It’s funny to me that when someone gets cancer, they’re an instant, “hero”. We are far from heroes, and I’ve known some real assholes that get cancer that continue to treat everyone around them like shit and don’t own any of their own. None of us are perfect, and I’ve given a lot of apologies throughout this. A diagnoses like this certainly puts a magnifying glass on someone’s personality. It’s entirely possible that I might not make it. But I’m not going to accept that just yet. And while this may change me, it will not beat me.
I’m glad that I’ve always tried my very best been kind to people and stay humble, because the overwhelming amount of support during this bullshit time has been incredible and unexpected. This relapse is so hard because it wasn’t in my head that it was going to come back, and the hardest thing that I could think of doing is sharing it with the people who helped me fight so hard before… For what? For this to keep coming back? How long will I put my family, friends and colleagues through this? I didn’t even think about myself in that moment. I was alone when I received the news of relapse, and immediately called Justin to come be with me so that I could hear correctly what they were saying. I was weeping so hard when I called him on his work phone that he didn’t know who it was. I was hysterical.
When you put out kindness and understanding, and all of your “pathies” (Sympathy, Empathy, Even apathy) in a place where you have the best intentions in your heart, you have to be fine and at peace when sometimes things are completely out of your control. You don’t need expectations on others when something like this happens. Because having the ability to help and give right now and how good it feels with NO EXPECTATION is enough of a gift itself. The true heroes are you, every day, trying your best.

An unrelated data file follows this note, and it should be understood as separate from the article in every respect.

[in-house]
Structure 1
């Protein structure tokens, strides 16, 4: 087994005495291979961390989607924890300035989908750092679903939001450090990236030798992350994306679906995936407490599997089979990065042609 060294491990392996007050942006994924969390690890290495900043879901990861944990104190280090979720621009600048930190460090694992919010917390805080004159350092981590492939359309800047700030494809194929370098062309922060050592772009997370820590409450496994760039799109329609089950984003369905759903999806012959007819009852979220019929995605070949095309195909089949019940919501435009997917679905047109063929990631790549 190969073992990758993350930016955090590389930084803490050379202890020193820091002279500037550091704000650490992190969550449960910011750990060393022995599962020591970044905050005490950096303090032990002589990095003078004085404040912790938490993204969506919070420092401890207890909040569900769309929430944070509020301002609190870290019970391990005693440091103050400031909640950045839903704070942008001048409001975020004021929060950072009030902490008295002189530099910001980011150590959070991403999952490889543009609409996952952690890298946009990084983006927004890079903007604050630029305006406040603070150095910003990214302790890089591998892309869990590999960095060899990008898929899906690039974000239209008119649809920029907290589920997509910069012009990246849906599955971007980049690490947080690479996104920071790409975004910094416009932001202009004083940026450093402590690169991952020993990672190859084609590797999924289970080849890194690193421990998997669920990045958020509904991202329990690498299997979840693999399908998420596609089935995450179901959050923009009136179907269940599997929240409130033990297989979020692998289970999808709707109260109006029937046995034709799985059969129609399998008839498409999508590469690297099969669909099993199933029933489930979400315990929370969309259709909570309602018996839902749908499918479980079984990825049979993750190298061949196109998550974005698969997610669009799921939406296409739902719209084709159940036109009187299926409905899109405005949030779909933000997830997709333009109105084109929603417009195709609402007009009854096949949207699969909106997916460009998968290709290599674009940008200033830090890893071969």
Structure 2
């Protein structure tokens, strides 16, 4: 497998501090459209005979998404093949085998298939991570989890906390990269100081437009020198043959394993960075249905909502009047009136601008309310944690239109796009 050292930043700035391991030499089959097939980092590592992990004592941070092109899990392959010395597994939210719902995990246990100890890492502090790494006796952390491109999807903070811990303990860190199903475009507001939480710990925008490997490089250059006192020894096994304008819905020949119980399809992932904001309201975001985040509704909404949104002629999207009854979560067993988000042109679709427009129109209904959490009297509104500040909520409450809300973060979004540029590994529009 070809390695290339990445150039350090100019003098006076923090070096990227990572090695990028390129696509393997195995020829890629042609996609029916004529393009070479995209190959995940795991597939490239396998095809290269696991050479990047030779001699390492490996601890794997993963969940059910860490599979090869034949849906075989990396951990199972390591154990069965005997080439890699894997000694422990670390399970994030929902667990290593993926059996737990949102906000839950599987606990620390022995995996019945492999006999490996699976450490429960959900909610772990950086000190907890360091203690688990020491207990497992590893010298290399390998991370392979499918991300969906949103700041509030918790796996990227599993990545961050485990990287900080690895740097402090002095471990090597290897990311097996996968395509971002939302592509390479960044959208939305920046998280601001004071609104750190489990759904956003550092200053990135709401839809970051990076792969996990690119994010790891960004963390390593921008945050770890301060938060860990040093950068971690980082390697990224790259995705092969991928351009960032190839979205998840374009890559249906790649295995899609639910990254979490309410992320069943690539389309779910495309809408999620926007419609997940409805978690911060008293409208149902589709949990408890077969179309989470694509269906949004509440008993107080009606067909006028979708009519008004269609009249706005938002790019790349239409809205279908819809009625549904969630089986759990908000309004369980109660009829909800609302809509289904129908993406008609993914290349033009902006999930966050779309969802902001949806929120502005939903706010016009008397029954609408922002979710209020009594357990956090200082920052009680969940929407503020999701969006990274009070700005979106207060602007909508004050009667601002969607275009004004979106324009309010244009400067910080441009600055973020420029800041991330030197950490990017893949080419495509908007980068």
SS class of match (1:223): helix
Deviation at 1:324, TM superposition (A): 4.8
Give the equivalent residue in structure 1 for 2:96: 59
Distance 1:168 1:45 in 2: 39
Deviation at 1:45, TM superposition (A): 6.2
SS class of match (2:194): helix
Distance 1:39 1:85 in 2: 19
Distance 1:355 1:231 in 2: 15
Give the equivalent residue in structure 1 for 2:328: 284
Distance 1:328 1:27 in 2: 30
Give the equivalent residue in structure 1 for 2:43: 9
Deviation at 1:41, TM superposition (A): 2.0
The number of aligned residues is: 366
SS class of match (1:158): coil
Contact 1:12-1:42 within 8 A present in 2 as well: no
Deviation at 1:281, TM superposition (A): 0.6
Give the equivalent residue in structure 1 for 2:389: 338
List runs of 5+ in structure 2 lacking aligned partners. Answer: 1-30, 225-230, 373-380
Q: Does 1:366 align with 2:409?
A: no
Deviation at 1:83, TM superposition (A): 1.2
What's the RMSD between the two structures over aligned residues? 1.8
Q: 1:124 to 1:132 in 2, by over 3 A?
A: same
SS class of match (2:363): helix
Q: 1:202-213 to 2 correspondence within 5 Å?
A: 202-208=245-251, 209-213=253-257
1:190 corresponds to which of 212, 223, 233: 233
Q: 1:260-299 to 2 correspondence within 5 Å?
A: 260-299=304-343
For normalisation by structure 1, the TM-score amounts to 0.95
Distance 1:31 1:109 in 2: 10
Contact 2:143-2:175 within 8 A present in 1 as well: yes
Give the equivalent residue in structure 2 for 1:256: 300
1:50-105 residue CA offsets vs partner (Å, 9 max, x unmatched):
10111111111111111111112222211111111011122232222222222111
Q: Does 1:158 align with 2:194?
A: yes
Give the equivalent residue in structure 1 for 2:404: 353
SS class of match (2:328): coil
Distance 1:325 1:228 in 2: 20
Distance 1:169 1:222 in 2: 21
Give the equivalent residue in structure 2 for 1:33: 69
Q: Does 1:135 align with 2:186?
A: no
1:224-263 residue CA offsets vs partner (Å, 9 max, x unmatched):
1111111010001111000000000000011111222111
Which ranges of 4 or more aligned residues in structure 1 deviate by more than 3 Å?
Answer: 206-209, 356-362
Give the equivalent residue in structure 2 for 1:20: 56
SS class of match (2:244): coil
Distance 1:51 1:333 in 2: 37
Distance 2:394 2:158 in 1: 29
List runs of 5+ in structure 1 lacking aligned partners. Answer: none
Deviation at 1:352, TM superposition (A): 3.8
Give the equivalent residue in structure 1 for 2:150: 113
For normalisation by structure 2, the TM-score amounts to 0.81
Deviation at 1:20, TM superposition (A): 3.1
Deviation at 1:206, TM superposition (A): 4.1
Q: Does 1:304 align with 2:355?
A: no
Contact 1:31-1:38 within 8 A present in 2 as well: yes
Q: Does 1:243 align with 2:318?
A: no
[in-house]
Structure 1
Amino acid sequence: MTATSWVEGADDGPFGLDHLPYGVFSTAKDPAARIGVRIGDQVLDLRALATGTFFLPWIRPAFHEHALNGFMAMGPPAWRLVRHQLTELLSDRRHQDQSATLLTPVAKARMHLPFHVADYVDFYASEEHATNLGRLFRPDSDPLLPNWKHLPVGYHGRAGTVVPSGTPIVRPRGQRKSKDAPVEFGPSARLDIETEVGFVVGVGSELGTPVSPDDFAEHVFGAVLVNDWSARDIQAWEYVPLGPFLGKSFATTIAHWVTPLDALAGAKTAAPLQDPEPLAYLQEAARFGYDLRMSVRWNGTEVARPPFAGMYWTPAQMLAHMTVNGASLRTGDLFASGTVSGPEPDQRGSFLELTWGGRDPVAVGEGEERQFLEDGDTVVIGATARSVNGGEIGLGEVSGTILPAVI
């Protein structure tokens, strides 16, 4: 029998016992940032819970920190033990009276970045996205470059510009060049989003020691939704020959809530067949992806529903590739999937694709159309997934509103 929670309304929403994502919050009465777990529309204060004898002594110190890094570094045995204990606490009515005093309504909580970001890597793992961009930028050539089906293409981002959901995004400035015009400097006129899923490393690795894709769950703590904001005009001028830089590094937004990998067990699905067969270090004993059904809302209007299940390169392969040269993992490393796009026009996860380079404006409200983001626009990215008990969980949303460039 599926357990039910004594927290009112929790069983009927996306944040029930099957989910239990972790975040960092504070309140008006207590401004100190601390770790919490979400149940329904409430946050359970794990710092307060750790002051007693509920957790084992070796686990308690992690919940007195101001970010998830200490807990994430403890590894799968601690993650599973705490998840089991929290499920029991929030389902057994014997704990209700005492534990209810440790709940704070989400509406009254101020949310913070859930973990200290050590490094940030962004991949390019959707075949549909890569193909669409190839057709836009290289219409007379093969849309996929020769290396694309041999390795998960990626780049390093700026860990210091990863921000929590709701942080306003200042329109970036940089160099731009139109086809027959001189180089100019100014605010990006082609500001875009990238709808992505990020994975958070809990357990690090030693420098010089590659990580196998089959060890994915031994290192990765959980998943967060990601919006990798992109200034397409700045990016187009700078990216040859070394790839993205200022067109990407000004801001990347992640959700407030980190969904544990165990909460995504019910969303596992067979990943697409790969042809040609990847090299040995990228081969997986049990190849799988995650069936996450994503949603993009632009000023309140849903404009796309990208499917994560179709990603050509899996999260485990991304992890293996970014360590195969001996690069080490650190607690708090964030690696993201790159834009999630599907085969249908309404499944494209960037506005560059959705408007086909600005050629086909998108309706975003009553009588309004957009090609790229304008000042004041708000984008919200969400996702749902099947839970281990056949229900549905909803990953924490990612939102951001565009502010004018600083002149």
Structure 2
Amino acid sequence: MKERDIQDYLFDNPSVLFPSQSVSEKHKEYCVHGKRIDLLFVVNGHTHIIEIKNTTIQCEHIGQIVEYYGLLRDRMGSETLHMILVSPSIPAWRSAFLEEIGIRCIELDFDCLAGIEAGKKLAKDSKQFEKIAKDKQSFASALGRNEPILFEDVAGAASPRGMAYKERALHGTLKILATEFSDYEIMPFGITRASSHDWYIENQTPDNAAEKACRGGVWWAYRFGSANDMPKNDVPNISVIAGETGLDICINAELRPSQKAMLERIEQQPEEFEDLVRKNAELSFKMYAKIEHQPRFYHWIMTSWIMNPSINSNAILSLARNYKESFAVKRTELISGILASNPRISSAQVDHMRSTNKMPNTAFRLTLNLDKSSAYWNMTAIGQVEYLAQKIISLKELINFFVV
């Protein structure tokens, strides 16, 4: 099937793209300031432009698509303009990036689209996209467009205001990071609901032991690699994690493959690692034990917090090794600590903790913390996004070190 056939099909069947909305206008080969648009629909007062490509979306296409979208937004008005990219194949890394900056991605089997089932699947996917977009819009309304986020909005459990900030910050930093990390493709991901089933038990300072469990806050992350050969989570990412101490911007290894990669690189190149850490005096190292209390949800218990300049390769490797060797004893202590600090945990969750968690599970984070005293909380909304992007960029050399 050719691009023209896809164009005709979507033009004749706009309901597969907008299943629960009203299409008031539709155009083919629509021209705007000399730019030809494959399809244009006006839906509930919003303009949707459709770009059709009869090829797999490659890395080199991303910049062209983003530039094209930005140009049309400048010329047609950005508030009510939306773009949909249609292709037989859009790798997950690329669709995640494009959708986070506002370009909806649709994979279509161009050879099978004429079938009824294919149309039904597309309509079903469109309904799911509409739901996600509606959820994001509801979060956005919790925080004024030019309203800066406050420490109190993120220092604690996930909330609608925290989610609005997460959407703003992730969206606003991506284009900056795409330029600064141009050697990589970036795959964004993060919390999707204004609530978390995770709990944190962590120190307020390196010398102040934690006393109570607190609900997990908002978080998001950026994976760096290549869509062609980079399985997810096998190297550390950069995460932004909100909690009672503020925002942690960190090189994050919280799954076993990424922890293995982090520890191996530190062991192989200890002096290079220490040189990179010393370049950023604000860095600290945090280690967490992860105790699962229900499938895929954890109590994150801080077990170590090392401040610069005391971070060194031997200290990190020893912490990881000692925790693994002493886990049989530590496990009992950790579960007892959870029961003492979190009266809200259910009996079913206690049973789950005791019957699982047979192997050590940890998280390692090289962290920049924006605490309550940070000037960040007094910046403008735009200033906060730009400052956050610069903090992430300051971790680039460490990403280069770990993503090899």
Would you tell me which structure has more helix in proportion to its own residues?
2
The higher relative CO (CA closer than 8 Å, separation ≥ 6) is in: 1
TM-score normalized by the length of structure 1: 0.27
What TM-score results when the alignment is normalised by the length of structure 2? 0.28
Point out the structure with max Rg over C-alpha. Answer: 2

Nora and Phil have a wonderful saying that allowed me to be better as an independent woman who has difficulty taking help from others, “when you say no to people that are trying to help you, you’re denying them the same great feeling that you feel when you step up to the plate for others.”
All I need right now is your good energy, prayers or a good long talk to the God of your understanding about your friend Heather. Help someone with their groceries or buy a coffee for the person behind you in line, give up your seat on the train, smile at a stranger, hug your loved ones… and send the good energy to me. Pay your good feelings forward. This fight will not be easy, but I’m still up for the fight. I’m worth it. I’m not done here. And that’s I’ll I could want from you while we figure the rest out… Kindness to others. I also seem to need a lot of sleep.
Send me familiar faces of you, friends and family for my walls here. If you insist on sending something, gift certificate for whole foods, Walgreens, sprouts or Trader Joes so that I can send my caregivers on small errands and I don’t have any cash here. I do have Venmo! But my parents don’t. Hehe. Old people.
Heather Snow, C/o Presbyterian St. Lukes, Oncology,1721 E 19th Ave, Denver, CO 80218
Love you all,